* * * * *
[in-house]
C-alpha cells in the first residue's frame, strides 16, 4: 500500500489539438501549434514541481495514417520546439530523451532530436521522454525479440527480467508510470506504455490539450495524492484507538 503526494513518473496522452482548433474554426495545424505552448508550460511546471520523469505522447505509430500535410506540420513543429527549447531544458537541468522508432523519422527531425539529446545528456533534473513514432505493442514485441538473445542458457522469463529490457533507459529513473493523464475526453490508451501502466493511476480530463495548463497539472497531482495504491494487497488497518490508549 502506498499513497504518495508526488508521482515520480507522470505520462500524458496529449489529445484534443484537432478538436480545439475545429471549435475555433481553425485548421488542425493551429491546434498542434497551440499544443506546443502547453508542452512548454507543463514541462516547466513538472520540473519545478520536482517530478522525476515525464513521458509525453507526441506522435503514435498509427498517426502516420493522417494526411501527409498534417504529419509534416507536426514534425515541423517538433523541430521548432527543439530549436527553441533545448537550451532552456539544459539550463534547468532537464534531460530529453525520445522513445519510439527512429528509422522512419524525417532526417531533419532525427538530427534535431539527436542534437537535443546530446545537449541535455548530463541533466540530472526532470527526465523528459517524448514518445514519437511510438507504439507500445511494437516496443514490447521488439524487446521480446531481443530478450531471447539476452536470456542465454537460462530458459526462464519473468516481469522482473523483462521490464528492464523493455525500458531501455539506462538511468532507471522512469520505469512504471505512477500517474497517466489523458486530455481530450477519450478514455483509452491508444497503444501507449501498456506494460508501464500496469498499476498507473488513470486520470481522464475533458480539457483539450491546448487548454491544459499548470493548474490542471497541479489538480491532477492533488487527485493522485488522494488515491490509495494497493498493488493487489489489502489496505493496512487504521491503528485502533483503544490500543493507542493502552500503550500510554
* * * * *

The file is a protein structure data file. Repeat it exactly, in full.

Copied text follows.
[in-house]
C-alpha cells in the first residue's frame, strides 16, 4: 500500500489539438501549434514541481495514417520546439530523451532530436521522454525479440527480467508510470506504455490539450495524492484507538 503526494513518473496522452482548433474554426495545424505552448508550460511546471520523469505522447505509430500535410506540420513543429527549447531544458537541468522508432523519422527531425539529446545528456533534473513514432505493442514485441538473445542458457522469463529490457533507459529513473493523464475526453490508451501502466493511476480530463495548463497539472497531482495504491494487497488497518490508549 502506498499513497504518495508526488508521482515520480507522470505520462500524458496529449489529445484534443484537432478538436480545439475545429471549435475555433481553425485548421488542425493551429491546434498542434497551440499544443506546443502547453508542452512548454507543463514541462516547466513538472520540473519545478520536482517530478522525476515525464513521458509525453507526441506522435503514435498509427498517426502516420493522417494526411501527409498534417504529419509534416507536426514534425515541423517538433523541430521548432527543439530549436527553441533545448537550451532552456539544459539550463534547468532537464534531460530529453525520445522513445519510439527512429528509422522512419524525417532526417531533419532525427538530427534535431539527436542534437537535443546530446545537449541535455548530463541533466540530472526532470527526465523528459517524448514518445514519437511510438507504439507500445511494437516496443514490447521488439524487446521480446531481443530478450531471447539476452536470456542465454537460462530458459526462464519473468516481469522482473523483462521490464528492464523493455525500458531501455539506462538511468532507471522512469520505469512504471505512477500517474497517466489523458486530455481530450477519450478514455483509452491508444497503444501507449501498456506494460508501464500496469498499476498507473488513470486520470481522464475533458480539457483539450491546448487548454491544459499548470493548474490542471497541479489538480491532477492533488487527485493522485488522494488515491490509495494497493498493488493487489489489502489496505493496512487504521491503528485502533483503544490500543493507542493502552500503550500510554